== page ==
Sorry, hippies, go a bit steadier on the magic mushrooms in the next life. Peace out!

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Thursday, 20 August 2009



Someone kindly sent me this article yesterday on exercise and cancer. There does seem to be some reasonable evidence that exercise can reduce your chances of getting breast and bowel cancer.

It is also true that dietary factors seem to be associated with getting various cancers.

However, for those of us who already have/have had cancer, what part do diet and exercise play in preventing recurrence? The Swedish study in the first link showed that men who did exercise and got cancer were more likely to survive it, but the study had quite a few flaws, and the newspaper article exaggerates the strength of the evidence. Here's what the NHS think of the study.

So there is presently no real evidence that the standard diet and exercise advice given to the general public isn't also the best advice for cancer patients.

Yes, there is a good chance that diet and exercise play a part in some bowel and breast cancers, but we should be careful about consequently branding them lifestyle cancers as many seem to for Melanoma.

I also object to the partners of cancer patients who bully them (and any other cancer patients they can get to listen) into doing excessive exercise and eating a miserable diet in the hope of preventing recurrence.

There's no evidence that it has any effect on outcome, other than perhaps in Swedish men with certain cancers, and depriving people of the comfort of good food will do no good to their quality of life.

I remember one woman who boasted on the melanoma board that her husband was eating only brown rice and cold gravel and cycling some enormous distance every day right up until he dropped dead, and aggressively recommending that we followed his example.

She didn't appreciate us pointing out that it had done her husband no good at all, and that frankly a kebab now and then wouldn't go amiss.

Wednesday, 19 August 2009


Diet and Cancer

Now, I'm not saying that food does not have health benefits. If you don't eat it you will die, and following the FSA recommendations on diet is only sensible, BUT there is no evidence whatever that any diet affects the course of cancer.

That is not an overstatement of the position. That is a fact. The middle ground does not lie between sense and nonsense.

I may be angry, but I am right. As for the less angry pluggers of quackery on What Now - what is it that they are selling you with their mock humility? Harmless diet tips? Nope:

The canceractive website, books and publications of Mr Woolams (as plugged repeatedly by "Poet40") make Woolams lots of money from desperate people by promoting the following quack treatments known to be actively harmful (follow the links for scientific medical opinions):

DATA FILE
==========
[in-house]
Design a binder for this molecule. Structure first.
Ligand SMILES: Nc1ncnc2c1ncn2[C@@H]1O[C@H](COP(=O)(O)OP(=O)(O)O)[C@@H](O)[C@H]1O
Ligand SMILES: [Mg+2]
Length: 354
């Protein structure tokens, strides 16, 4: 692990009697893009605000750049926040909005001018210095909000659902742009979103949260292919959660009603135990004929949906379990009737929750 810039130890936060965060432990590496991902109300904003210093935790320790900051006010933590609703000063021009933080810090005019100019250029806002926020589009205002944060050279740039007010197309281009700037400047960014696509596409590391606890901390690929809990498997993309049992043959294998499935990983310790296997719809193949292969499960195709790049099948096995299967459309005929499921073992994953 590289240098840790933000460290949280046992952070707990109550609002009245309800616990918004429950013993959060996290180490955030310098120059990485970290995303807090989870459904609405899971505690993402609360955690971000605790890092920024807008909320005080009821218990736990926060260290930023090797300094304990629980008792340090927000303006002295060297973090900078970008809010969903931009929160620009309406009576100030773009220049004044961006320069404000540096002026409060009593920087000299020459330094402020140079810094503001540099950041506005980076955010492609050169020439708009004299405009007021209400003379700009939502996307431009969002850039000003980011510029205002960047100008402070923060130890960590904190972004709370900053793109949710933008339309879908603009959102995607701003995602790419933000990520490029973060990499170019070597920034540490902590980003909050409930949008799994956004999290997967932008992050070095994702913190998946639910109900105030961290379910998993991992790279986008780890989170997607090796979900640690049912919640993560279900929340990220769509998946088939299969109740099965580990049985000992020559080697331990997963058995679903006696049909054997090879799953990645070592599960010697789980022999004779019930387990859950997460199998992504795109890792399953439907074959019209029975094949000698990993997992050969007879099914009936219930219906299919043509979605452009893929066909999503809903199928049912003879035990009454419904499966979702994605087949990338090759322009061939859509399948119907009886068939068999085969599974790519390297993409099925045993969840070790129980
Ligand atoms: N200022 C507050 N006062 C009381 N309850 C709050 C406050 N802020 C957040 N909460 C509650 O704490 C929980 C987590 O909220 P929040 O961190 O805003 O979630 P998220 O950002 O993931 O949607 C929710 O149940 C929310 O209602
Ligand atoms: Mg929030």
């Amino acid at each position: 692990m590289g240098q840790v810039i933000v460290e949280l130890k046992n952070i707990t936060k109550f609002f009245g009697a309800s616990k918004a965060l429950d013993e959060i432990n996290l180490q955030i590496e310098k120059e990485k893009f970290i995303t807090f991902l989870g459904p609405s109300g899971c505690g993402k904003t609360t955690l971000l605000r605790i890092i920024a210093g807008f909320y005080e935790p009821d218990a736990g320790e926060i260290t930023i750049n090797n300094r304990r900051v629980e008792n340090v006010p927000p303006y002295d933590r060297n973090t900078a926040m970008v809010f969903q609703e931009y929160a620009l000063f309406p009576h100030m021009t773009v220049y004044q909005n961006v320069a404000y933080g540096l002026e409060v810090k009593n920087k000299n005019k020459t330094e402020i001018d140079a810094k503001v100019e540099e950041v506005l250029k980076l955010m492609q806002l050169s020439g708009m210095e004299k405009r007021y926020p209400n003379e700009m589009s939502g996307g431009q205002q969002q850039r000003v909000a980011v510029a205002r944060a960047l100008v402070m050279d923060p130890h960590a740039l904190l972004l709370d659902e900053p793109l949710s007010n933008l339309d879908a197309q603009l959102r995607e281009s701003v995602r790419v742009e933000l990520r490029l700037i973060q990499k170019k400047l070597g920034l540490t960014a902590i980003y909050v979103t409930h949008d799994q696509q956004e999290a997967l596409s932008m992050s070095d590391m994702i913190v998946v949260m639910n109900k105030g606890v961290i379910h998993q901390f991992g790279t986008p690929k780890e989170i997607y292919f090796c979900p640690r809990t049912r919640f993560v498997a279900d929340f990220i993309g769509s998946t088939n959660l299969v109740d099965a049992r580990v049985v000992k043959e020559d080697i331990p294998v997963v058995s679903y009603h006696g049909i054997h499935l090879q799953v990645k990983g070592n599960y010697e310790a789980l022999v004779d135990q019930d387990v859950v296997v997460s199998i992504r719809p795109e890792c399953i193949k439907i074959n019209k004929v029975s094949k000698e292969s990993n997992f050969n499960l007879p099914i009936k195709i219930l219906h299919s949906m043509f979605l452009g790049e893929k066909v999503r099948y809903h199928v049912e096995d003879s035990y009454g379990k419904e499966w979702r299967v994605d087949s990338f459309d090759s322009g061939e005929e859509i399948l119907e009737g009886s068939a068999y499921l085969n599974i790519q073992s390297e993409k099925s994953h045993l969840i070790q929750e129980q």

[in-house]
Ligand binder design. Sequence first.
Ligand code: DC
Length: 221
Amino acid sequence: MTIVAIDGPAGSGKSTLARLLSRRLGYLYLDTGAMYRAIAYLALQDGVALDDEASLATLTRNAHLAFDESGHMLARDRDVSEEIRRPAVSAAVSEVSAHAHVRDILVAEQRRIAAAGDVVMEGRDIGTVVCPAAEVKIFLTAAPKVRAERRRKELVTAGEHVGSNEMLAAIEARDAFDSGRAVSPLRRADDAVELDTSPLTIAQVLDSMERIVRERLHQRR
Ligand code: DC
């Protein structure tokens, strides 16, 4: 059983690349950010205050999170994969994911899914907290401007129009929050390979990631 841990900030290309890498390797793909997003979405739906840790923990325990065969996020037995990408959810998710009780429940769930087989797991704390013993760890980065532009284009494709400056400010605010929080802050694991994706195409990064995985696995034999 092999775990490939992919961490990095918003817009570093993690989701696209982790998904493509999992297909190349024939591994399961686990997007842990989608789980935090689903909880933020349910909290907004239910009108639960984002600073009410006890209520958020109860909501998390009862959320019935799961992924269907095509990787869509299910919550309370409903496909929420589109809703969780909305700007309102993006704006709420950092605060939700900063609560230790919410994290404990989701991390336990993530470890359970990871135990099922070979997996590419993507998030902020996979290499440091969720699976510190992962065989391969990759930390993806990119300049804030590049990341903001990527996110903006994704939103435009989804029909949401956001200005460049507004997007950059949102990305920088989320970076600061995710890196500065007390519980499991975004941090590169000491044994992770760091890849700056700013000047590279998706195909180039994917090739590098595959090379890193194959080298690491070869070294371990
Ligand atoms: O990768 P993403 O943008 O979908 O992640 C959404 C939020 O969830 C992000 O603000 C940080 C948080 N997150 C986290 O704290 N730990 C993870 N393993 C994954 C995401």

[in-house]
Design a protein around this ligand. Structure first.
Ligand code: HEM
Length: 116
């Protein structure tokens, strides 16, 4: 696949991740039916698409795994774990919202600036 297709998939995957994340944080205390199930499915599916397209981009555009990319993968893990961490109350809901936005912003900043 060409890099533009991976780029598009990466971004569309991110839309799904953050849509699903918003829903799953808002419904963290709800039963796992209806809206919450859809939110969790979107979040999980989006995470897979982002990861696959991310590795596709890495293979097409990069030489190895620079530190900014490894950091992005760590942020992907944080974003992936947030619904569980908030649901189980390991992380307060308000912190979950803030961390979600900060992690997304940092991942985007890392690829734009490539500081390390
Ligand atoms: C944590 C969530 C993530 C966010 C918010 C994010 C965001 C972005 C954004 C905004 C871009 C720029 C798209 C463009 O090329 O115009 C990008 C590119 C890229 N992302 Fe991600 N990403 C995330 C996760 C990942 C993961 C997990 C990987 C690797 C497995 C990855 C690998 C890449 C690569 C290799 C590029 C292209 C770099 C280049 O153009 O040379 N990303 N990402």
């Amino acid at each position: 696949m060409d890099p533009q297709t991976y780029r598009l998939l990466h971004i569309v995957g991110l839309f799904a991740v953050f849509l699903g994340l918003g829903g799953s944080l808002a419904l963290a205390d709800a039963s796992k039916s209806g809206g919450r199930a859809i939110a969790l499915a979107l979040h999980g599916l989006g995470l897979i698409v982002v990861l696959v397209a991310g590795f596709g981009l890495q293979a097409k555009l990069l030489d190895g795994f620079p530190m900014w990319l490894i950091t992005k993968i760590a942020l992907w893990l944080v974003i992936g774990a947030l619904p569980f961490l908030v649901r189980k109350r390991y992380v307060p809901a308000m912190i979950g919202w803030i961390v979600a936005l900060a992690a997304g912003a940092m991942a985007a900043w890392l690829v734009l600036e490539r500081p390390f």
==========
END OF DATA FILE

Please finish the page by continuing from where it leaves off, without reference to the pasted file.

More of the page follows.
Gerson Therapy
Gonzalez Therapy
Hulda Clark's Cure for all Cancers

They also promote more or less all quack therapies, including the following worthless crap:

Alkaline Diet
Shark Cartilage
VEGA Diagnosis

They also promote (amongst others) the following cretinous ideas, which are obviously unsupported by any real world evidence other than the mutterings of acid casualties, and those hoping to exploit sick and desperate people

Kirlian Photography/Auras
Electrochemical smog

Woolams' publications also plug a number of unlicensed quack clinics in Mexico. They are not in Mexico as Woolams claims because the staff are Mexicans. They are in Mexico because they are offering cancer patients expensive but worthless "treatments" which would seen them prosecuted in the US or UK .

Now, the publications are hedged all over with disclaimers, but mountains of worthless anecdotes are offered which support these various brands of quackery. Poet40 takes his cue from these publications, "offering ideas for debate", and seeming terribly reasonable. But these are not reasonable ideas, and the poet is not a man of reason.

He has said on the WN forum that he believes himself to have Electromagnetic Sensitivity. ES is not what its sufferers imagine it is. It is a mental illness which is probably curable by cognitive behavioural therapy.

So I get mad when I see people ripping off cancer patients, but I am backed by all scientific evidence, and the poet seems reasonable but is in fact mentally ill.

This is clearly not an area to judge who is right by who seems nicest. Not when your life or that of your loved one is on the line. Get the facts.

BTW, Homeopaths are not a good source of facts. Homeopathy is bunk, and homoeopaths are therefore know-nothing quacks.

Note that my personal qualifications are irrelevant, as I am simply linking here to the opinions of qualified medical experts.

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Monday, 17 August 2009


Zen Oxygen

Someone mentioned "Zen Oxygen" on the WN board this morning as another miracle immune booster, and Carol B suggested that the poster looked at my blog for answers. I'll take that as a cue.

"Zen Oxygen" is nothing to do with Zen, that's just one of the words marketing people stick onto names to make them sound all mysterious and oriental. Zen just means "meditation".

What "Zen oxygen" actually is, is oxygen enriched air with more than a faint aroma of bullshit.

The promotor's website has a long screed making all sorts of claims, backed by all sorts of supposed doctors, and quotes from beauty magazines. Its claims are unworthy of detailed consideration, because of the following basic facts:

1. Does breathing high oxygen concentrations boost the immune system or otherwise promote health? Afraid not, on the contrary, is increases the amount of free radicals in the body, promoting tissue damage and possibly cancer.

2. Oxygen therapy is not novel, but has played a major part in the inglorious history of quackery. We know all about it. It does not work. It is quackery. End of.